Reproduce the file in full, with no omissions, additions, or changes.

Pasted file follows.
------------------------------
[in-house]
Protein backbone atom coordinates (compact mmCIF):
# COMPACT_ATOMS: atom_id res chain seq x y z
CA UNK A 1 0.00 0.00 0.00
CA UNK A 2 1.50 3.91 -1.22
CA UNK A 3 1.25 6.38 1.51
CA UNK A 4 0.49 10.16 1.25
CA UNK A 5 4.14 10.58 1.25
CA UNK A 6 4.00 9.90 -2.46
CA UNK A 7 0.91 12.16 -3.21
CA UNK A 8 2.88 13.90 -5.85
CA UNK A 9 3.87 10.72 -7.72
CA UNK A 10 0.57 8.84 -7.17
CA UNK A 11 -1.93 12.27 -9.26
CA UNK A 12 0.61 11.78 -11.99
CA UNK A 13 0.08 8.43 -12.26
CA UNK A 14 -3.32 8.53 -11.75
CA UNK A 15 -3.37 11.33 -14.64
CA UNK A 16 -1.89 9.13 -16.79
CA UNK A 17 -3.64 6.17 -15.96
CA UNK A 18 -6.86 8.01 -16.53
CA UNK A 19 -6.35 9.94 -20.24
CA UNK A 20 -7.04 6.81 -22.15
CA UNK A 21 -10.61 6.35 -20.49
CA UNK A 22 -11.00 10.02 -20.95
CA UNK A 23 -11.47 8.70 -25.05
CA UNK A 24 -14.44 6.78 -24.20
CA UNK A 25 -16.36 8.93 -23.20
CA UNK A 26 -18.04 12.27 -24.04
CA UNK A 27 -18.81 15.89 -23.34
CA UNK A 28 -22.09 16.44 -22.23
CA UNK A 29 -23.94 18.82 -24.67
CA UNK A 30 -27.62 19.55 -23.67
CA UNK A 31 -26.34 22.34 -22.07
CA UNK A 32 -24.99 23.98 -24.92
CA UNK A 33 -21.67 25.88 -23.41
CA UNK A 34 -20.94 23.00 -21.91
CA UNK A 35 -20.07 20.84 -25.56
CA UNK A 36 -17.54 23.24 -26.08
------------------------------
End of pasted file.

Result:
[in-house]
Protein backbone atom coordinates (compact mmCIF):
# COMPACT_ATOMS: atom_id res chain seq x y z
CA UNK A 1 0.00 0.00 0.00
CA UNK A 2 1.50 3.91 -1.22
CA UNK A 3 1.25 6.38 1.51
CA UNK A 4 0.49 10.16 1.25
CA UNK A 5 4.14 10.58 1.25
CA UNK A 6 4.00 9.90 -2.46
CA UNK A 7 0.91 12.16 -3.21
CA UNK A 8 2.88 13.90 -5.85
CA UNK A 9 3.87 10.72 -7.72
CA UNK A 10 0.57 8.84 -7.17
CA UNK A 11 -1.93 12.27 -9.26
CA UNK A 12 0.61 11.78 -11.99
CA UNK A 13 0.08 8.43 -12.26
CA UNK A 14 -3.32 8.53 -11.75
CA UNK A 15 -3.37 11.33 -14.64
CA UNK A 16 -1.89 9.13 -16.79
CA UNK A 17 -3.64 6.17 -15.96
CA UNK A 18 -6.86 8.01 -16.53
CA UNK A 19 -6.35 9.94 -20.24
CA UNK A 20 -7.04 6.81 -22.15
CA UNK A 21 -10.61 6.35 -20.49
CA UNK A 22 -11.00 10.02 -20.95
CA UNK A 23 -11.47 8.70 -25.05
CA UNK A 24 -14.44 6.78 -24.20
CA UNK A 25 -16.36 8.93 -23.20
CA UNK A 26 -18.04 12.27 -24.04
CA UNK A 27 -18.81 15.89 -23.34
CA UNK A 28 -22.09 16.44 -22.23
CA UNK A 29 -23.94 18.82 -24.67
CA UNK A 30 -27.62 19.55 -23.67
CA UNK A 31 -26.34 22.34 -22.07
CA UNK A 32 -24.99 23.98 -24.92
CA UNK A 33 -21.67 25.88 -23.41
CA UNK A 34 -20.94 23.00 -21.91
CA UNK A 35 -20.07 20.84 -25.56
CA UNK A 36 -17.54 23.24 -26.08